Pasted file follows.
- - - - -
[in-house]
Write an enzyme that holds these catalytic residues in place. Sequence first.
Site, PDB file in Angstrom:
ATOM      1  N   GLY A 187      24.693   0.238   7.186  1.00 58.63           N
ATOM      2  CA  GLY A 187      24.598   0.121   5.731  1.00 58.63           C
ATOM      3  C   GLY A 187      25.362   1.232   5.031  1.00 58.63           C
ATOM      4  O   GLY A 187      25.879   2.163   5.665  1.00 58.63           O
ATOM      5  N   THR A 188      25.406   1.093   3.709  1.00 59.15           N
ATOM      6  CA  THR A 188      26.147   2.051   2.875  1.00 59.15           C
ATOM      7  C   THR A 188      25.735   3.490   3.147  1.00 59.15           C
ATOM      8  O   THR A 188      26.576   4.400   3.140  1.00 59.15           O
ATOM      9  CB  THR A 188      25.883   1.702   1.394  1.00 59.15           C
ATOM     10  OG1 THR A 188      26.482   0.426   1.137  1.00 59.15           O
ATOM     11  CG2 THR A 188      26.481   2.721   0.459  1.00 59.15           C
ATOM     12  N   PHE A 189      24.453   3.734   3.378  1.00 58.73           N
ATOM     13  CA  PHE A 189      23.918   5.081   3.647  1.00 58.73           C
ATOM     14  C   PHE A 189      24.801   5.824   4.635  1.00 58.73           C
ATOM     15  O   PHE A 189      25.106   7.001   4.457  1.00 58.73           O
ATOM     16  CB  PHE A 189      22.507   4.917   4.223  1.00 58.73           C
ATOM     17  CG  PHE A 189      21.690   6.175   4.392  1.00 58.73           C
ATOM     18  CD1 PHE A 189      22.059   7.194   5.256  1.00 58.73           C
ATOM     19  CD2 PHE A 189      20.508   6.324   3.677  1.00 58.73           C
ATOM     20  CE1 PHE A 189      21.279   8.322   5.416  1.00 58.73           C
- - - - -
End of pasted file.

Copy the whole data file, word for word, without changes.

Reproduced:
[in-house]
Write an enzyme that holds these catalytic residues in place. Sequence first.
Site, PDB file in Angstrom:
ATOM      1  N   GLY A 187      24.693   0.238   7.186  1.00 58.63           N
ATOM      2  CA  GLY A 187      24.598   0.121   5.731  1.00 58.63           C
ATOM      3  C   GLY A 187      25.362   1.232   5.031  1.00 58.63           C
ATOM      4  O   GLY A 187      25.879   2.163   5.665  1.00 58.63           O
ATOM      5  N   THR A 188      25.406   1.093   3.709  1.00 59.15           N
ATOM      6  CA  THR A 188      26.147   2.051   2.875  1.00 59.15           C
ATOM      7  C   THR A 188      25.735   3.490   3.147  1.00 59.15           C
ATOM      8  O   THR A 188      26.576   4.400   3.140  1.00 59.15           O
ATOM      9  CB  THR A 188      25.883   1.702   1.394  1.00 59.15           C
ATOM     10  OG1 THR A 188      26.482   0.426   1.137  1.00 59.15           O
ATOM     11  CG2 THR A 188      26.481   2.721   0.459  1.00 59.15           C
ATOM     12  N   PHE A 189      24.453   3.734   3.378  1.00 58.73           N
ATOM     13  CA  PHE A 189      23.918   5.081   3.647  1.00 58.73           C
ATOM     14  C   PHE A 189      24.801   5.824   4.635  1.00 58.73           C
ATOM     15  O   PHE A 189      25.106   7.001   4.457  1.00 58.73           O
ATOM     16  CB  PHE A 189      22.507   4.917   4.223  1.00 58.73           C
ATOM     17  CG  PHE A 189      21.690   6.175   4.392  1.00 58.73           C
ATOM     18  CD1 PHE A 189      22.059   7.194   5.256  1.00 58.73           C
ATOM     19  CD2 PHE A 189      20.508   6.324   3.677  1.00 58.73           C
ATOM     20  CE1 PHE A 189      21.279   8.322   5.416  1.00 58.73           C